NASA's Messenger has returned the first photograph taken by a spacecraft circling Mercury, a tad under two weeks after it went into orbit around the solar system's innermost planet. Messenger image of Mercury. Pic: NASA The agency explains* that the snap was taken at 09:20 GMT on 29 March, and over the next six hours, …
Who said it was boring?
Flame: It's rather warm on Mercury, however not as hot as on Venus.
neither is as hot as in Paris.
// umbrella, for Singing in the Rain
You're likely to be able to run the whole thing off an Android phone these days.
Still, you can see why NASA people tend to be pretty bright!
Having previously worked on and flown satellites for a number of years, I know how chunky space certified hardware can be. It's quite a feat to keep nearly a dozen scientific instruments under 50kg in weight. Hats off to the space boffins.
... I just wish the the lunatics on this planet (on all sides) would all hurry up and die out so that we can spend more resource on exploring the universe instead of blowing people up...
Now lets go back to Venus
This is truly amazing - but it would be even more so if we were to send a probe to the surface of venus that could last longer than 40 minutes. Appreciate the atmospheric pressures and temp on Venus makes this a challenge but surely it would be worth it?
The Russian probe that was there in ('78?) lasted all of 20 some odd minutes before dying. I would think we could do better than this now.
It wasn't the atmosphere...
It was Venusian snu-snu. They have a thing for alien probes. Twenty minutes was and is still quite respectable under the circumstances.
There was a young women from Venus, who's head was shaped like a ......
Remember the STTNG Episode
Data: There once was a woman from Venus, whose body was shaped like a—
Picard: DATA! Ahna-tha tyme, puhr-haps!
LaForge/Ryker/Crusher/Others on bridge watch laugh, knowingly... while Data fails to immediately realize the trouble or inappropriateness of his attempt at humour...
(STTNG: The Naked Now)
"Appreciate the atmospheric pressures and temp on Venus makes this a challenge"
Not to mention all the boiling hot concentrated sulphuric acid vapour.
And all that radioactivity on the way there.
And the hard vacuum. A bugger on moving parts, months in hard vacuum.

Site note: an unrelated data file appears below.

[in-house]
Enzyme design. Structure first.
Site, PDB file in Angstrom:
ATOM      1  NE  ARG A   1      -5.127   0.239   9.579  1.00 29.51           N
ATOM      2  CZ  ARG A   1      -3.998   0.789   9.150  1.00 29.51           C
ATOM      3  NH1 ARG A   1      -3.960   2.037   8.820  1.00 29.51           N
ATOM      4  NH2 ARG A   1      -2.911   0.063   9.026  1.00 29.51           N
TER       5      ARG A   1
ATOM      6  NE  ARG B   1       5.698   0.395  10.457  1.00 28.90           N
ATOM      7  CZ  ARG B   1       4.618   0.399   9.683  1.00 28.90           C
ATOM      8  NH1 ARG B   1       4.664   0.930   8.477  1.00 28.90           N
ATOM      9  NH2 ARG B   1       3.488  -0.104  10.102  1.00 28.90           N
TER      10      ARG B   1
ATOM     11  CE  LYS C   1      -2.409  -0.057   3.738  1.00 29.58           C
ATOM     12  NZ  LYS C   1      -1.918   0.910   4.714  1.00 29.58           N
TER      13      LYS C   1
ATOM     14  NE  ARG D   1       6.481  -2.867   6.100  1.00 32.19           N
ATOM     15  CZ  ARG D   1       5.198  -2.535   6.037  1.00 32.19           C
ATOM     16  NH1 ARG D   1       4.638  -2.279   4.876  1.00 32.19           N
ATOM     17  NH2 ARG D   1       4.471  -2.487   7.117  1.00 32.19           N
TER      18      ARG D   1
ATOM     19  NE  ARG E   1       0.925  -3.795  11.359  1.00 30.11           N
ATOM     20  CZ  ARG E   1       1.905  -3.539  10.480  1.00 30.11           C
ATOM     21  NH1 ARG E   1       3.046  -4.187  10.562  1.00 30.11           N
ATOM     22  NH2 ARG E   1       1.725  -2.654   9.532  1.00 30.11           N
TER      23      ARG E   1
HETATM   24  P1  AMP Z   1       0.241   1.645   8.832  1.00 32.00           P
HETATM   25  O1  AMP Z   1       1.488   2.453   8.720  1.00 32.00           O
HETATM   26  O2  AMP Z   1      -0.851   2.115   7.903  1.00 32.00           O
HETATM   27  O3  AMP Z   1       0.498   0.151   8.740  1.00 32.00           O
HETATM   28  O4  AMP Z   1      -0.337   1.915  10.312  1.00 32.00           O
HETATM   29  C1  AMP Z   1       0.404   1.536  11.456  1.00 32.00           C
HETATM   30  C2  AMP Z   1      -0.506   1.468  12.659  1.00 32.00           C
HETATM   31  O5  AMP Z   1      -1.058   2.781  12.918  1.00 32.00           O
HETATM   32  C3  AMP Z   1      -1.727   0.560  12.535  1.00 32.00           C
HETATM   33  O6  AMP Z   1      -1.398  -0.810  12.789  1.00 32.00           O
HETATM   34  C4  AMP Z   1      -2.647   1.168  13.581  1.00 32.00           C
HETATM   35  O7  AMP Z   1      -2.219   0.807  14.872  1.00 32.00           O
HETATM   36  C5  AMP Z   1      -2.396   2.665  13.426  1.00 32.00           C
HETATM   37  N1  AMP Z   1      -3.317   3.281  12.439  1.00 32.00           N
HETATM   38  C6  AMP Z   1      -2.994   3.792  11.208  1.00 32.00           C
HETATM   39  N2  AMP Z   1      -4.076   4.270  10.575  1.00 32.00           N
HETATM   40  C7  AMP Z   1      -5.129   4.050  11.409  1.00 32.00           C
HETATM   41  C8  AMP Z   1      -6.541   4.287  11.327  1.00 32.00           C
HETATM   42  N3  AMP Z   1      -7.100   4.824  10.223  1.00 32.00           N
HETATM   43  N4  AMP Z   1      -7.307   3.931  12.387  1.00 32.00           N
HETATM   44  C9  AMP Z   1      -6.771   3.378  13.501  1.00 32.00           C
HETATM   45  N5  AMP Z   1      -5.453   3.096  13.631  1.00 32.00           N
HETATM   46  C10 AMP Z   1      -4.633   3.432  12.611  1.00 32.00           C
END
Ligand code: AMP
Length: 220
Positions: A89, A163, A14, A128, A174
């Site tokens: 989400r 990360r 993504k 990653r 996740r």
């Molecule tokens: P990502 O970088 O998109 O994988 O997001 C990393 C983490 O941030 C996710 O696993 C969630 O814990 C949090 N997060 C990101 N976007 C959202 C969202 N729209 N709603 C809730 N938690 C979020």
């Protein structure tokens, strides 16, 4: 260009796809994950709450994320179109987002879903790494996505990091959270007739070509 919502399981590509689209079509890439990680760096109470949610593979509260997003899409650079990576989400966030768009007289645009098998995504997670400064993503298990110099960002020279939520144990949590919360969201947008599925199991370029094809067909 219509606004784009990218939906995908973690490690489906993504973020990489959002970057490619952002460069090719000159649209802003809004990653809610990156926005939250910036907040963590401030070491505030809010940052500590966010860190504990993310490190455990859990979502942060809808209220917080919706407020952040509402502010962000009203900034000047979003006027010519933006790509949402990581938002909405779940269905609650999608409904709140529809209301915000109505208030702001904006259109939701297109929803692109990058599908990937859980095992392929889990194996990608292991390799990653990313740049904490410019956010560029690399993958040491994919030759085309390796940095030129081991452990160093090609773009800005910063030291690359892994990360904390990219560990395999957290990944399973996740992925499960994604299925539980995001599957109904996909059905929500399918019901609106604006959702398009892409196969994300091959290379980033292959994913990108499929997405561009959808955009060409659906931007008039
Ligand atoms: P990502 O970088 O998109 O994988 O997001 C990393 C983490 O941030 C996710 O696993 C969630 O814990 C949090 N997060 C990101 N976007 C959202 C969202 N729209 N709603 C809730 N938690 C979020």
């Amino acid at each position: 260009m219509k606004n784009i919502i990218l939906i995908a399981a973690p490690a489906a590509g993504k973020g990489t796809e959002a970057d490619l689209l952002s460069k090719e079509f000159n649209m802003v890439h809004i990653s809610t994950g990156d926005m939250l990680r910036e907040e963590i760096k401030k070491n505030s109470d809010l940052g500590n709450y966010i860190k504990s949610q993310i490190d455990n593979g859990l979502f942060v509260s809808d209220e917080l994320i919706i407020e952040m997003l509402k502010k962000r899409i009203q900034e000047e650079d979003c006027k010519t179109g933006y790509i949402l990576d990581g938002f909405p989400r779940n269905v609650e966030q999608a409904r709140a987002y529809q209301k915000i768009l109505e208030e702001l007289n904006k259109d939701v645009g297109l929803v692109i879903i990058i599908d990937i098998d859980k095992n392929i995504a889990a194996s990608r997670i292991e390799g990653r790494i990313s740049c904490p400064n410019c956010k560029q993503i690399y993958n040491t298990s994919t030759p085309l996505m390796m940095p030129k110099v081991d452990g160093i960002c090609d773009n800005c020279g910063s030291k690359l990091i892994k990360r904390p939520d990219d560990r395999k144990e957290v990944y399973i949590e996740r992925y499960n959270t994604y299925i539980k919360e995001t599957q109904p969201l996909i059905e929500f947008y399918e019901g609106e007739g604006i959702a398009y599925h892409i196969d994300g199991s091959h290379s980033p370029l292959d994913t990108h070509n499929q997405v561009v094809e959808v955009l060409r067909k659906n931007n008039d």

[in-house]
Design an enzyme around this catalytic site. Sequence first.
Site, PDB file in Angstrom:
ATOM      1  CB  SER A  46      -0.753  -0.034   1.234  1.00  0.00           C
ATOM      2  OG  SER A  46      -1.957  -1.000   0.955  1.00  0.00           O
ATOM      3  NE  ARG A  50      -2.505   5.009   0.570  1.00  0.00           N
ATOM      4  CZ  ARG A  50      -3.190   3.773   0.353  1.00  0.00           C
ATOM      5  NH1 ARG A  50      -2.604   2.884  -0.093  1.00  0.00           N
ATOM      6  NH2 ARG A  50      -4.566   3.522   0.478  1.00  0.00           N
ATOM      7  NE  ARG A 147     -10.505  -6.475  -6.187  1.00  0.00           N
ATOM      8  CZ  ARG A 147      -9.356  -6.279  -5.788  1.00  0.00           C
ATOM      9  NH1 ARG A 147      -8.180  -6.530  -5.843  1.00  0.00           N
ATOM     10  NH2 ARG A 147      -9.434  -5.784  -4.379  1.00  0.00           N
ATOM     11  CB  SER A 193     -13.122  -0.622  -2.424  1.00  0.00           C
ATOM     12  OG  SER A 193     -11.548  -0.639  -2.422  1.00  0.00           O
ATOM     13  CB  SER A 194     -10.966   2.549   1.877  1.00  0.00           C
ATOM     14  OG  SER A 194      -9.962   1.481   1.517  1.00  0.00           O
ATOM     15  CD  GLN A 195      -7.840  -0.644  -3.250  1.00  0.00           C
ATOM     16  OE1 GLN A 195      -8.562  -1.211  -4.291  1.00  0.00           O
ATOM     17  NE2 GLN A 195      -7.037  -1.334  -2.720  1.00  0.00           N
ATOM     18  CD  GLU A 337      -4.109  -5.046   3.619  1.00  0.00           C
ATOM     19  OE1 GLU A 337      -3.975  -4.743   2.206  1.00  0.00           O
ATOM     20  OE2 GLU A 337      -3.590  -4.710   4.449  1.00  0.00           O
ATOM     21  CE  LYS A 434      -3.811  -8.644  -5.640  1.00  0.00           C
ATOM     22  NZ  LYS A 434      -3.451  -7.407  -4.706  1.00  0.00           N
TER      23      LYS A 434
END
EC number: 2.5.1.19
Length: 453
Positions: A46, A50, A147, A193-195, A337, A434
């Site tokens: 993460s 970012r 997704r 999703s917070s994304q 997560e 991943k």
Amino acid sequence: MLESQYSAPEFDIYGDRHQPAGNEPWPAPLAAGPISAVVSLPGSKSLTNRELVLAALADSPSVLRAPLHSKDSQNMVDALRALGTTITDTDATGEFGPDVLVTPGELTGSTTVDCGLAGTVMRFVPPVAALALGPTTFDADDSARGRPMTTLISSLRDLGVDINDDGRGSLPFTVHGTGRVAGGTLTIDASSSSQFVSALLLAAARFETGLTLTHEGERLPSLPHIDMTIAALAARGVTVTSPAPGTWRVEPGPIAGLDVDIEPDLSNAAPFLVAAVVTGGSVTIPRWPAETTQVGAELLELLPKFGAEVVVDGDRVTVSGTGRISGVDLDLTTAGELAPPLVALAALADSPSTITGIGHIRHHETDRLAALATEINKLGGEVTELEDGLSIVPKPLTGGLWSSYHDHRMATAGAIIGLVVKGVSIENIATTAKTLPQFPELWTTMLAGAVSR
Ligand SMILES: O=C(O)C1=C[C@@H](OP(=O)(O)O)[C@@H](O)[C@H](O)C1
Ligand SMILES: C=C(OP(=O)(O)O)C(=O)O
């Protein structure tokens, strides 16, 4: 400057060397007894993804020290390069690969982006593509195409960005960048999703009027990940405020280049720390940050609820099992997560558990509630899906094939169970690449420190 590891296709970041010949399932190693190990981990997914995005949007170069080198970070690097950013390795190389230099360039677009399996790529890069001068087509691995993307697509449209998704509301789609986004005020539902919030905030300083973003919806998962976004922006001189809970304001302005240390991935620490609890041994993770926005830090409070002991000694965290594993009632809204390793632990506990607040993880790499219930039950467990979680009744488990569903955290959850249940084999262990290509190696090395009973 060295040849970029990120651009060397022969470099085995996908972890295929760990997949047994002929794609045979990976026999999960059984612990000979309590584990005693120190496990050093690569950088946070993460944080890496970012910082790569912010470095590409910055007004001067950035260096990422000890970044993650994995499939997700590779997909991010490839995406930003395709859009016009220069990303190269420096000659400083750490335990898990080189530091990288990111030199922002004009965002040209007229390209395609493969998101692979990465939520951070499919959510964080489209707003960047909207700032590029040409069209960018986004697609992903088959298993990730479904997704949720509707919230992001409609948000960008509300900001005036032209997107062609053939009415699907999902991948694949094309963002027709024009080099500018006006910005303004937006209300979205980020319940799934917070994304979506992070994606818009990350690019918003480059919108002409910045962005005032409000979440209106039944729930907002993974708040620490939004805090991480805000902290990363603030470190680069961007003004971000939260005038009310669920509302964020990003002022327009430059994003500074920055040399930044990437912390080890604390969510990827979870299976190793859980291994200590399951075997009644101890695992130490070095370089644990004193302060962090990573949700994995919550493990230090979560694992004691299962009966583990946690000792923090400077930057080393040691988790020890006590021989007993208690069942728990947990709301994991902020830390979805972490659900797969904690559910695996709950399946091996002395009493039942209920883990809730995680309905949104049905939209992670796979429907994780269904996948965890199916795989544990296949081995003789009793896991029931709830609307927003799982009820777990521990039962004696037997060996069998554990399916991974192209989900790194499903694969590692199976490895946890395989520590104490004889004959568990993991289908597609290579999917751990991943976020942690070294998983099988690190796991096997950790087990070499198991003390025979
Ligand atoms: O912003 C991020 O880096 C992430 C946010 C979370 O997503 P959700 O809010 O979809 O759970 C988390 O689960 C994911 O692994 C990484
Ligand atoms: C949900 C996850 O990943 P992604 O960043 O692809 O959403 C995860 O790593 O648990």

Venus is on acid
Clouds of sulfuric acid, chlorine, and everyone's favorite, fluorine. That's all with a temperature that is hot enough to melt soft metals (about twice what a good BBQ can achieve).
Women...though I do love them, I think I'm happy to be from Mars.
Re: going back to Venus
I'm not sure about "now" versus "then", since I can't think of too many advances that would help.
The pressure isn't a problem, if you can deliver enough weight to the planet's surface. We know how to build strong things. The main problem is the temperature: 450-500 Celsius. Almost none of your instruments will work at that temperature and keeping them significantly cooler on a permanent basis is going to be Hard. Oh, and any solution also has to withstand chemical attack from the boiling hot sulphuric acid they have there instead of rain.
Your best bet might be to evacuate the interior of a transparent (glass?) strong-box and magnetically levitate the instruments in the middle, but this obviously restricts the range of instruments that you can deploy. (No magnetometers, for example.)
NASA still use GMT? Is this how they avoid making mistakes converting to/from UTC?
They do not - they oscillate between Eastern and Pacific time according to their mood. It's a right pain in the backside having to continually convert to a time zone people actually understand.
I thought there was 'Astronomical time', which is different from UCT in some miniscule way. I can't expect to remember, since my Nukes have been Fongled. Maybe there isn't any leap-second stuff.
Erm, correct me if I'm mistaken but doesn't GMT = UTC?
>> Erm, correct me if I'm mistaken but doesn't GMT = UTC?
Actually no, but very very close. Normally within a second of each other.
Wow - sure looks like a LOT of equipment, however being that close to the Sun would really help the solar cells! a bit of a problem cooling in the 'daytime' tho ...
It is nicely framed
But in which frame of reference? "The snap was taken at 09:20 GMT", would that be from the perspective of Mercury, or Earth? Surely, there is a few minutes worth of travel at the speed of light between the two.
Mine is the one with a smallish rock in the pocket.
In this Context...
GMT is Global Mercury Time, obviously.
""The snap was taken at 09:20 GMT", would that be from the perspective of Mercury, or Earth?"
There is only one GMT in the entire Universe and it's where Greenwich and its meridian are.
It's just a load of craters.
Presumably 23 of them are full of some sort of moondust.
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